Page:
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SEC Decides in Favor of Corporate Transparency

| Sunday April 10th, 2011 | 2 Comments

SEC rules in favor of Green Century Capital Management's push for corporate transparencyGreen investing and big corporations are not mutually exclusive, but it is impossible to make an informed investment decision when corporations fail to answer key questions about their operations. The environmentally responsible advisory firm Green Century Capital Management has translated this dilemma into a common ground for all investors, green or not, by characterizing disclosure as a risk-related obligation. This approach has been resonating with the Securities and Exchange Commission. According to an April 5 press release from Green Century, the SEC has ruled that ExxonMobil and Southern Company did not provide enough information to address the concerns expressed in shareholder proposals regarding the risks of certain environmentally destructive practices.

Oil Sands and Coal Ash

Given the vast scale of destruction from accidents or routine activity, the increasingly strict regulatory climate, and the threat of litigation, fossil fuels are imposing what appears to be a rising degree of risk upon investors. Green Century had filed a proposal asking ExxonMobile to disclose more information on its involvement in the notorious Canadian oil sands (also known as tar sands). In the case of Southern Company, Green Century had asked for information on the company’s risk reduction efforts regarding coal ash disposal. You may recall that just a few months before two other high profile fossil fuel catastrophes  — the lethal Massey coal mine disaster and BP’s Gulf oil spill — a giant coal ash containment dam burst in Tennessee, causing long term, widespread damage.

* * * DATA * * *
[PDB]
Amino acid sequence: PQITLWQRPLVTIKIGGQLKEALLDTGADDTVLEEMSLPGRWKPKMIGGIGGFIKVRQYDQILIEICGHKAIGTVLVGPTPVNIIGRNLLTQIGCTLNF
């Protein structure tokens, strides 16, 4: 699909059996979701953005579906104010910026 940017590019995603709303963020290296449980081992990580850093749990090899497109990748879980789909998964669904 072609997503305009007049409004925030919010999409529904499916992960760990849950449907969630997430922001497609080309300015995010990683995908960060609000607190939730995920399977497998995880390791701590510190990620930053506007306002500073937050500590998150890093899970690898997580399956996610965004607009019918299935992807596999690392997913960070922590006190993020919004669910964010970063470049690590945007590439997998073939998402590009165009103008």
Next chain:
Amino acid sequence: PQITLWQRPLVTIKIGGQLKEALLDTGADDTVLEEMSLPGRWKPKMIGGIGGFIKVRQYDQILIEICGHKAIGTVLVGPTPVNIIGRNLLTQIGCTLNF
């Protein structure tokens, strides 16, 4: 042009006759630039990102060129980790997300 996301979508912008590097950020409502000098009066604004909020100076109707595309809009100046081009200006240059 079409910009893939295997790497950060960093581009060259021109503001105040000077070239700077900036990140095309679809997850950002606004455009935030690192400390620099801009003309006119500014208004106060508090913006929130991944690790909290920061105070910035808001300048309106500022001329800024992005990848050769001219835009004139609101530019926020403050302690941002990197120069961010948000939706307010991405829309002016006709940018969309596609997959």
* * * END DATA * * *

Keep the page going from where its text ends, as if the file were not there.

Beyond Oil Sands and Coal Ash

In another action, Green Century has also filed shareholder resolutions asking a longer list of companies for disclosure on the risks of fracking, which is a method of extracting natural gas from shale deposits. The practice has been linked to drinking water contamination, wastewater disposal issues, and local issues related to heavy truck traffic. The Maryland legislature has just voted to ban fracking, New Jersey is considering similar legislation, and lawmakers in New York are concerned over the potential impacts on reservoirs supplying New York City. Meanwhile, the nuclear power industry enjoys a broad exemption from accident liability under the terms of a 1950’s-era federal law designed to encourage investment in nuclear power. Should the legislative framework change, the nuclear industry will also find itself vulnerable.

Leveling the Field

Aside from relying on green investment firms, green-minded investors have a growing number of information resources at hand, as publishers and business watchers have responded to the growing interest in corporate sustainability. However, there are still pitfalls. For example, Corporate Responsibility Magazine has become a standard resource known for it “100 Best” list for corporate transparency, but when concerns arose last year that PR departments were manipulating information, the magazine started up a “Black List” of least-transparent companies.

Image: SEC building by jsmjr on flickr.com.


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  • http://thecro.com dirkolin

    Actually, I didn’t launch the Black List because companies were “manipulating information.” Under our methodology, that’s actually not possible. We published the least transparent companies in order to encourage opaque players to open up. And it’s already started to have that effect.

    • Tina Casey

      Thanks for clarifying. Sorry if my wording was a bit unclear, I didn’t mean to convey that there was a 1-1 connection. – TC